At the Niskanen Center, we believe innovation and technological progress are driving forces for economic growth, individual empowerment, and the betterment of humankind. But technological progress is never a foregone conclusion. A policy landscape that promotes regulatory forbearance and a healthy tolerance of disruption and innovation are key to ensuring economic growth and a flourishing ecosystem of opportunity.
As a result, we support a regulatory environment that fully accounts for the risks and benefits of emerging technologies — a critical wellspring for the productivity gains that are the engines of economic growth. Although we are skeptical of using 20th-century rules to govern 21st-century innovations, we believe that regulatory agencies can promote legitimacy, trust, and certainty in new technologies while shielding innovation and technological progress from the fear, distrust, and doubt employed by political reactionaries.
Thus, we support regulations that promote voluntary standards for autonomous vehicles and the Internet of Things; we educate lawmakers on the need to refrain from new privacy laws governing artificial intelligence; we champion eliminating the bans on overland supersonic flight and regulatory oversight for genetic modification technologies; we embrace policies promoting the safe and effective integration of commercial drones into the national airspace; and we thoughtfully engage on a wide range of other technology issues, from commercial space and online free-speech issues, to digital due process and government surveillance.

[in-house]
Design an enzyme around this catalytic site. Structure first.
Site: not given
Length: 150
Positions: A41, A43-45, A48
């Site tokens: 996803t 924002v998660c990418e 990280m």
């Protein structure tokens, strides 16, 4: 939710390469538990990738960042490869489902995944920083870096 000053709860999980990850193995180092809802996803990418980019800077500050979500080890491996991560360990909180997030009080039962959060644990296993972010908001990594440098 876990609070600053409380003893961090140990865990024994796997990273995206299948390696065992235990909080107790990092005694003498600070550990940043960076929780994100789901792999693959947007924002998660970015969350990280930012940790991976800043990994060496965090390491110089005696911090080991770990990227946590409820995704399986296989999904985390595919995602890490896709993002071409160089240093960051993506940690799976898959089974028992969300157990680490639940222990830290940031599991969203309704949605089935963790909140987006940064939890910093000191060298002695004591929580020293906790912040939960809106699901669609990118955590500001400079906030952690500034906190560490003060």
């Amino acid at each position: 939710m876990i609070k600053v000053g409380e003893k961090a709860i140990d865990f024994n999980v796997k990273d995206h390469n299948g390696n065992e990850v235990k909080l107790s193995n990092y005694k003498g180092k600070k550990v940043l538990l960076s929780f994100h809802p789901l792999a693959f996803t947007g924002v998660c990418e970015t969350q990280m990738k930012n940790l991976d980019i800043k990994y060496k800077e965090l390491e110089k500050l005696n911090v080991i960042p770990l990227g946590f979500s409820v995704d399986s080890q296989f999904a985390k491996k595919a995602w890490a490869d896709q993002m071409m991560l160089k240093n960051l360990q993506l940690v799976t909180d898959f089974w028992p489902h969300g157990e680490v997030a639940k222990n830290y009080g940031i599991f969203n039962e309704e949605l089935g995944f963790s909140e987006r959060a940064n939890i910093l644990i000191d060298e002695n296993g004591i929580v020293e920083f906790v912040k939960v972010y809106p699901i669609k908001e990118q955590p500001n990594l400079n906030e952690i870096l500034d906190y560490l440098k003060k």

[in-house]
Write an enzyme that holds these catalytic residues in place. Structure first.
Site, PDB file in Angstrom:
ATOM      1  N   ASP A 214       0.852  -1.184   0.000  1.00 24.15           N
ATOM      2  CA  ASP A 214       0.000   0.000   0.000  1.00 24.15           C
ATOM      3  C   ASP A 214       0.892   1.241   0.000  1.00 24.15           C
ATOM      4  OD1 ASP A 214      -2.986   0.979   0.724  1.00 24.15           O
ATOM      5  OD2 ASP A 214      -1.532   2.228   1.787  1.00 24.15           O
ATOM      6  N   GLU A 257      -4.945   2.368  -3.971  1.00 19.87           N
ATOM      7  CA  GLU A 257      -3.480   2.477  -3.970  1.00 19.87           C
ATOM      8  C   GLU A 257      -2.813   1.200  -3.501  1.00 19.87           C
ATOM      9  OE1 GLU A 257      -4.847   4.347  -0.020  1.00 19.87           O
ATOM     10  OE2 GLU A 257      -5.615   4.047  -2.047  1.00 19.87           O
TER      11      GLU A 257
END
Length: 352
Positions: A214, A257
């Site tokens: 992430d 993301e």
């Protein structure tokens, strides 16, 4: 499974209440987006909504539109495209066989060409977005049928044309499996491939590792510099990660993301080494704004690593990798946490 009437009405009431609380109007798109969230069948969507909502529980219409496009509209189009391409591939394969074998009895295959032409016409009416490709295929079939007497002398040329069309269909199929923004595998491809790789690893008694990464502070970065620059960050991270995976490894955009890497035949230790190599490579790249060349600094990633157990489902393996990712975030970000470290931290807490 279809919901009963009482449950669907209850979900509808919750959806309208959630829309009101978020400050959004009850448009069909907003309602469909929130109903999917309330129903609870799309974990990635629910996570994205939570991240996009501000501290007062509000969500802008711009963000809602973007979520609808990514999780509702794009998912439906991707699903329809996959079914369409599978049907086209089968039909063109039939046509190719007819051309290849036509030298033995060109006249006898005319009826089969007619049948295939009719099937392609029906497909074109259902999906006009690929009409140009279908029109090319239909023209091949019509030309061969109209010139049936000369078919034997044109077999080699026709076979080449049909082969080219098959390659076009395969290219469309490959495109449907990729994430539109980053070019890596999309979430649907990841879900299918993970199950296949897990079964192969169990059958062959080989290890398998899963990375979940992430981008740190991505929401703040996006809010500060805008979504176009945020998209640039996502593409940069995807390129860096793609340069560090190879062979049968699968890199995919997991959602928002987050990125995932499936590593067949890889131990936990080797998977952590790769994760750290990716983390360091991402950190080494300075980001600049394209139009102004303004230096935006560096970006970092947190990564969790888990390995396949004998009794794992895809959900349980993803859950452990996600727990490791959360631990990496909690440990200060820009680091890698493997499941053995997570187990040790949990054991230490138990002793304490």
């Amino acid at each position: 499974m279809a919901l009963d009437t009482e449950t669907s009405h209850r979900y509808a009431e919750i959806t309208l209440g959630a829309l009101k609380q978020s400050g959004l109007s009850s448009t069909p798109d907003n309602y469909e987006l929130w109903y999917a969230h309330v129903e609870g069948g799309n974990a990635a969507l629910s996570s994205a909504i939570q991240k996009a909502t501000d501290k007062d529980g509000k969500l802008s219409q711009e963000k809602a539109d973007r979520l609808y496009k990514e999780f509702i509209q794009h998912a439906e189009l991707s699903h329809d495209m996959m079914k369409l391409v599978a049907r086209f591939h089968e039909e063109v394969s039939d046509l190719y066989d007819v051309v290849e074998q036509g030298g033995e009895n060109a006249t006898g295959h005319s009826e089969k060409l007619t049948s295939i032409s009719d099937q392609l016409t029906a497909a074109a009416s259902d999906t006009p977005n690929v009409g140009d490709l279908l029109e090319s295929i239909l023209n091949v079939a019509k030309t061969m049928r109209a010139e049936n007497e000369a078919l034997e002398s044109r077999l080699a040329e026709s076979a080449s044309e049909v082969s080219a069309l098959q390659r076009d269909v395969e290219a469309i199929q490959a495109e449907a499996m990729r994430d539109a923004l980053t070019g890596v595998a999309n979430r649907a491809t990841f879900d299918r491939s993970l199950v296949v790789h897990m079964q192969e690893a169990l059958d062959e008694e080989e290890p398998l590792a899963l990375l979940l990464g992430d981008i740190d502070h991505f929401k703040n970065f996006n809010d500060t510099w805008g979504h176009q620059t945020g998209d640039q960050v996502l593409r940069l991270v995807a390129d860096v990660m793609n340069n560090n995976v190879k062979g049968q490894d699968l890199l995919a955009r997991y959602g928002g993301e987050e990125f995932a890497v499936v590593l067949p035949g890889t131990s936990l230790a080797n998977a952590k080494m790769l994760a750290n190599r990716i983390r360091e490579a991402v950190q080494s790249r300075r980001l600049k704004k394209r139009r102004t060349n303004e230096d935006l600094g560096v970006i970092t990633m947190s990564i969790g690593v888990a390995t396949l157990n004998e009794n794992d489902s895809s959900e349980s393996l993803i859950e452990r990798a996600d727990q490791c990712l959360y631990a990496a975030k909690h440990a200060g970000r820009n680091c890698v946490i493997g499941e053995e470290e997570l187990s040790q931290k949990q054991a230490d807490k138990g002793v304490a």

At a time when the president of the United States views many of those same companies as his political enemies — and is groping around for any tool to punish them — it is disappointing that one of our leading policy thinkers wants to hand him the biggest club of all.